Data Privacy and the Impact on Data Analysis

Updated: Jan 30, 2020

As data has become more important for businesses, the collection and transference of personal data online has grown exponentially as well.

We live in a world where everything a person does online can be collected. Consumers are no longer willing to be complacent regarding their personal data and there will be new laws put in place to give consumers more power. Following the massive Facebook security breach, change felt inevitable and those changes are now here.

GDPR was a major turning point in Europe, but no law is currently more important than the California Consumer Privacy Act. The CCPA will provide California residents with a lot of power over their personal data online. While this law will provide consumers with a lot of power, where the CCPA will have a major impact is in the laws that will follow. Like the automotive industry, California is leading the charge for industry change. As the most populated state in the US, California is seen as a trendsetter for what is to come and will give a good look at the future. While there is uncertainty over how these laws will work, one thing is for certain. We are entering a new era of data privacy in the United States.

Companies want more quality data to make impactful decisions, and consumers want their data protected, putting both in direct conflict with each other. This is going to cause complications, and an area to see these complications, is data analysis. This is the process of utilizing data to support the decision-making process and ultimately allow businesses to operate more effectively. With new privacy laws, we could see a decrease in the data available. However, data analysis requires massive amounts of data to learn and make insights. With less data available, it could ultimately hinder the ability of companies to use data analysis to make informed decisions.

While this appears as a major roadblock for many companies, there are ways in which data analysis can still play a crucial part of the decision-making process. Personal data will become more limited, but anonymized data can still be used to drive business decisions. Does a company need to know every single customer personal data if enough anonymized data can lead to the same insights? If the data is truly anonymized any security breaches would not result in the leak of personally identifiable data, easing consumer concerns.

Data is extremely important for healthcare and it has already been heavily regulated by HIPAA since 1996. But we could see even more limitations in the future. Healthcare data can be collected, but it needs to be anonymized to be compliant with current laws. Now how will companies learn about patients if they completely opt out of having their data collected? It’s no longer anonymized or hidden behind a barrier; it is simply gone. Healthcare data is extremely personal and differs by almost every person. To provide the best value and treatment, knowing everything about each patient is the best route. One of the bigger challenges moving forward for healthcare companies will be providing value for people who don’t want to provide helpful data back. Companies will need to adjust whether it be through anonymized data or only using data where the user has opted in. Either way we are heading in a direction where there will most likely be less data available.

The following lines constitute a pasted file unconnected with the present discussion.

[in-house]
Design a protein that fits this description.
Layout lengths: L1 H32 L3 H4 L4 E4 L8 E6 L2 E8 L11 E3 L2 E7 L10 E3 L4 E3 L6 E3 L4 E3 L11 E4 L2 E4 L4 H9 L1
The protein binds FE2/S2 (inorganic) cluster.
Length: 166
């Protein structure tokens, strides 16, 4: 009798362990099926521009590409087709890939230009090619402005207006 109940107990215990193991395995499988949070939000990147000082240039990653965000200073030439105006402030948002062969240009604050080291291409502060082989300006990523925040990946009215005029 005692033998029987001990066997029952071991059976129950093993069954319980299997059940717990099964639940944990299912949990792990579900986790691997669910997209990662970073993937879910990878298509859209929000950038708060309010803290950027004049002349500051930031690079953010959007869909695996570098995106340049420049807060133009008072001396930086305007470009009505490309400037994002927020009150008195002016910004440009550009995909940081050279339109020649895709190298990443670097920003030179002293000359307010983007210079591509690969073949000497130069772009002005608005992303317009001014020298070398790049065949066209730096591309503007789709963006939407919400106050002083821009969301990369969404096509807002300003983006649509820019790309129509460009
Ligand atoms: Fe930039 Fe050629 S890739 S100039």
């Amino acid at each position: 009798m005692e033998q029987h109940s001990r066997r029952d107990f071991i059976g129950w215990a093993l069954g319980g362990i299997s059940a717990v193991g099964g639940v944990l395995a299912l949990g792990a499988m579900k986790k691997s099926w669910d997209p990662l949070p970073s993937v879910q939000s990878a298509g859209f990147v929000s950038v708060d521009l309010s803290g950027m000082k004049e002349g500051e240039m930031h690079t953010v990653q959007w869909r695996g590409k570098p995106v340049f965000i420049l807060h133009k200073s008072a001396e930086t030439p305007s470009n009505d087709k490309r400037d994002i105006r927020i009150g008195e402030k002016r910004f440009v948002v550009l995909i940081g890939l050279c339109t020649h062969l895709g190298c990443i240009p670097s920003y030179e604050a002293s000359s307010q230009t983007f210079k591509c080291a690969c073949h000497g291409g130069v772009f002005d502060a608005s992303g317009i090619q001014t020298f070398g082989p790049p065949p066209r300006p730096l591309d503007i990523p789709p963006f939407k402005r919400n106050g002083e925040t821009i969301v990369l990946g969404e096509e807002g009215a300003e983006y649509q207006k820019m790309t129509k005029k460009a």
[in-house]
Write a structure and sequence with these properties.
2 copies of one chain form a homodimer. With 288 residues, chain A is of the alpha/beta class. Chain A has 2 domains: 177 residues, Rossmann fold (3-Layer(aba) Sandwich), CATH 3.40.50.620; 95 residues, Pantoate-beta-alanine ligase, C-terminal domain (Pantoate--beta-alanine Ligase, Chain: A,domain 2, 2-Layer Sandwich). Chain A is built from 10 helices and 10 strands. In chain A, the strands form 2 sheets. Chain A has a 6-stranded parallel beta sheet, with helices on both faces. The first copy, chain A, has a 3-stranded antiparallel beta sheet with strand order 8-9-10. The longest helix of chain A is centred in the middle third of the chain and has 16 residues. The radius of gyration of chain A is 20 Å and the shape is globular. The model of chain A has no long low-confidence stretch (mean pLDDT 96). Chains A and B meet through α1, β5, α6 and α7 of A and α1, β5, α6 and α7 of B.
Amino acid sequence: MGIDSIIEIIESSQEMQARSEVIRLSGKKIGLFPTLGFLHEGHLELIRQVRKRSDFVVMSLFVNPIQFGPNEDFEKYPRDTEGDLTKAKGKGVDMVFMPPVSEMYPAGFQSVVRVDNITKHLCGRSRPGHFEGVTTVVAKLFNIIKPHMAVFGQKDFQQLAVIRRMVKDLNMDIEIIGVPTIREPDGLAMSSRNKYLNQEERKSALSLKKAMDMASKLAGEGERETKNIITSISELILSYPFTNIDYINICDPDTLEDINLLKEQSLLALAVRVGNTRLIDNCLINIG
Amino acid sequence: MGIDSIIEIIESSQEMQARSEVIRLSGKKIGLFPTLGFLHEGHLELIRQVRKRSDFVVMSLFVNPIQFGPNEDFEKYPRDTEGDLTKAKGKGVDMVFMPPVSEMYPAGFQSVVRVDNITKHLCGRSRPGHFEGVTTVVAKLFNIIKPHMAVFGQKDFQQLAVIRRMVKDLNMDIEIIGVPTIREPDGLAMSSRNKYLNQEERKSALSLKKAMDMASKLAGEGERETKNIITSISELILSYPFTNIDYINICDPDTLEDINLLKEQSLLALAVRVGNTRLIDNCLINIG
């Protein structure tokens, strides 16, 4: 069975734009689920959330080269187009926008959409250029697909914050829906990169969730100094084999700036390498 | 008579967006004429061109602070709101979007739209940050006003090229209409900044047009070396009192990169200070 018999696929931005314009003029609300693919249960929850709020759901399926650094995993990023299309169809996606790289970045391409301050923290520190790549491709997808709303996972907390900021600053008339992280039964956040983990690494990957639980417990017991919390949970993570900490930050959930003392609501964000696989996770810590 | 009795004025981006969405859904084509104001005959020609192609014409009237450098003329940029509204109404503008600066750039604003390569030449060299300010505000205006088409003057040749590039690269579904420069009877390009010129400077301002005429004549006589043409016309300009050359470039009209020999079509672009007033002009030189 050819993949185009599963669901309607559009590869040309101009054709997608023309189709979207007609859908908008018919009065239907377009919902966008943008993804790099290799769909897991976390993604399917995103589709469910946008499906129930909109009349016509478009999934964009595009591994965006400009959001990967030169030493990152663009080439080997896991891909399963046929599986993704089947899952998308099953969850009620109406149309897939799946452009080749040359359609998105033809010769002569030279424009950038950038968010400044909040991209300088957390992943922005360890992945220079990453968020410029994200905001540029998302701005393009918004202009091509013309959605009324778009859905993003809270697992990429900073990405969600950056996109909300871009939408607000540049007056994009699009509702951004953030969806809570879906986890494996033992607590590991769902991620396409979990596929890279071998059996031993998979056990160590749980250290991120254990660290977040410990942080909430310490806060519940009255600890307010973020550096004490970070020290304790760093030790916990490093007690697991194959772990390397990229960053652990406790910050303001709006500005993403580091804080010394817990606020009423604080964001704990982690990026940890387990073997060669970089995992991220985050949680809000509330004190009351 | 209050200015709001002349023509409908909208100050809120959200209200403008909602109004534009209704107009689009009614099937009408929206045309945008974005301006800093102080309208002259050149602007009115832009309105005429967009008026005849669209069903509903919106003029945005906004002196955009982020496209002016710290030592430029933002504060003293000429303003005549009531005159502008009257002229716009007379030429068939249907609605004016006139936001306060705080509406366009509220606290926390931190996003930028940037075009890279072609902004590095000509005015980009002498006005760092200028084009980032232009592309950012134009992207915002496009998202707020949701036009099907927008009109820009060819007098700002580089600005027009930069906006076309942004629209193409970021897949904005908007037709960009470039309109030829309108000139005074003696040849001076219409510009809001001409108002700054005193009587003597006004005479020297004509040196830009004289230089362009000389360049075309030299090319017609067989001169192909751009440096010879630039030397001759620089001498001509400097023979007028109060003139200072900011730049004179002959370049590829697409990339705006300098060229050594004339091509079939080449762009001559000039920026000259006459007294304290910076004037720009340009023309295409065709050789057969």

Updates to data privacy laws are an inevitable change and we have already seen the first wave with the CCPA and GDPR. These laws will have far-reaching impacts on data from collection to implementation to analysis. But while data privacy is going to continue evolving, it won’t be the death of data analysis. If the data is handled properly, it can be still be used to drive business decisions.

Personalized data might become more volatile to handle, so completely anonymized data might be the way to proceed in the future. Companies will need to start figuring out the data landscape to determine how data can be used to help their businesses operate. Otherwise there could be serious repercussions from flawed business management to legal punishment. The data landscape is changing, and future change is also inevitable, but the analysis of data can still be used to drive efficient business decisions if done correctly.

Adam Armendinger // Manager, Media at Underscore Marketing - a worldwide strategic media company providing ROI solutions in the health & wellness, healthcare and pharma space.

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